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Ships Arriving in Port-au-Prince, Haiti

Ships Arriving in Port-au-Prince, Haiti

Ships carrying relief supplies and aid were streaming into Port-au-Prince, Haiti, when this image was taken by the Advanced Spaceborne Thermal Emission and Reflection Radiometer (ASTER) on NASA’s Terra satellite on January 21, 2010. The city’s port was badly damaged in the massive 7.0 earthquake that hit the island on January 12. On January 20, one pier re-opened, allowing ships to dock for the first time since the earthquake, said news reports.

The newly reopened pier is the city’s south pier, the narrow strip that juts out into the water in this image. Part of the pier collapsed in the earthquake, but the remaining structure is just stable enough to support a single truck offloading supplies from docked ships, reported CNN.

Tiny streaks of white in the dark blue water are ships. The largest ship in the scene may be the USNS Comfort, a 273-meter- (894-foot-) long U.S. Navy hospital ship that was taking patients by helicopter until a pier could open up, according to Business Week.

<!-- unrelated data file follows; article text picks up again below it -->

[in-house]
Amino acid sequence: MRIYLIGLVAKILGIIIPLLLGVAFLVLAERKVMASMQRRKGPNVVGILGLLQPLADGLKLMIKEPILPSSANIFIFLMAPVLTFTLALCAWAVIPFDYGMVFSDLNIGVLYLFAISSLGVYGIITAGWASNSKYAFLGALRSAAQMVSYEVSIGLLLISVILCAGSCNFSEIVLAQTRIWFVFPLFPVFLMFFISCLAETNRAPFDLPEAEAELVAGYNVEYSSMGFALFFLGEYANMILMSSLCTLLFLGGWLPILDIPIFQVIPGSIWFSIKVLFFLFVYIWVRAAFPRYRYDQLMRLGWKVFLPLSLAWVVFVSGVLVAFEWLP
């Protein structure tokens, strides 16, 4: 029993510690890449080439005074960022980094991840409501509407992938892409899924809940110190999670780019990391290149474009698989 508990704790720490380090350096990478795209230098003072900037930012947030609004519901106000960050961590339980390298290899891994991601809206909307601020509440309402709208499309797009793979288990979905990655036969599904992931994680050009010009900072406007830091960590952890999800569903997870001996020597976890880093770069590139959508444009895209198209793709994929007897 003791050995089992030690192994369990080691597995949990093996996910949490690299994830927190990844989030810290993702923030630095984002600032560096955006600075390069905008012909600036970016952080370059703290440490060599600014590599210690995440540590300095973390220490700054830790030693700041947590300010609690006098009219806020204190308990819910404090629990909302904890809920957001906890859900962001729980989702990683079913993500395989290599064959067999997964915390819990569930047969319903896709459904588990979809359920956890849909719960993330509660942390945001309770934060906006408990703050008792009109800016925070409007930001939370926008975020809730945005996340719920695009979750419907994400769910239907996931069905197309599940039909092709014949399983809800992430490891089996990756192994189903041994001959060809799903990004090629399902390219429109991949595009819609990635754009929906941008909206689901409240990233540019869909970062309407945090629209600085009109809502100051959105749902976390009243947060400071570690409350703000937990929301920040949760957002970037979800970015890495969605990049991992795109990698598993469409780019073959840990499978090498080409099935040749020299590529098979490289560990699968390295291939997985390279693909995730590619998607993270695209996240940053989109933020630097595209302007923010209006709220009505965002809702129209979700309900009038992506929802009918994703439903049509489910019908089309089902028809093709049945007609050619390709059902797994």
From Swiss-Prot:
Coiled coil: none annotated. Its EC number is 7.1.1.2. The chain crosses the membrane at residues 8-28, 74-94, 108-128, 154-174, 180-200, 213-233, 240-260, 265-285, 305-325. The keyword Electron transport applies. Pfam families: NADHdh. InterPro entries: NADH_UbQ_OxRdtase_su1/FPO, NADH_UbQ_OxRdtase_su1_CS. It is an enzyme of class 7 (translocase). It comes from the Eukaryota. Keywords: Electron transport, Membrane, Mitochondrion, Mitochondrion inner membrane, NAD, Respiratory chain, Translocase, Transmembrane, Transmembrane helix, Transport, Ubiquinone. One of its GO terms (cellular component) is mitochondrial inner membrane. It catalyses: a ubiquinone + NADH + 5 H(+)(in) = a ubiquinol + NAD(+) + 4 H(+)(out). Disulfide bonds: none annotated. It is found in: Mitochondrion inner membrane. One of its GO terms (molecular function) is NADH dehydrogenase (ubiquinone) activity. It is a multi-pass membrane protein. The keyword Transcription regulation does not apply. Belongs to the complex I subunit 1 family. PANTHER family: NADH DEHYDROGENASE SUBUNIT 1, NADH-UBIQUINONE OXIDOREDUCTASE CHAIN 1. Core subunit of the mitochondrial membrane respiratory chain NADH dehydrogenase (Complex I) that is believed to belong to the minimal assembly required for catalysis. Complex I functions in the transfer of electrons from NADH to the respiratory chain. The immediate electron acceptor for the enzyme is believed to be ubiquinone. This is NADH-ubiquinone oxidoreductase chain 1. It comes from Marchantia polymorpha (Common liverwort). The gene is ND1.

Though its capacity is limited, the fragile pier should speed the distribution of food and other supplies to earthquake victims. Prior to January 20, aid had been coming into Port-au-Prince on airplanes arriving on a single runway, said news reports. The ships have a much greater capacity.

Port-au-Prince itself is blue gray in this false-color image. At this scale, the only visible earthquake damage is the shortened pier, but the image does reveal how densely constructed the city was. Plant-covered land is red. Little open, plant-covered ground can be seen in the heart of the city.

NASA Earth Observatory image created by Jesse Allen, using data provided courtesy of NASA/GSFC/METI/ERSDAC/JAROS, and U.S./Japan ASTER Science Team. Caption by Holli Riebeek.

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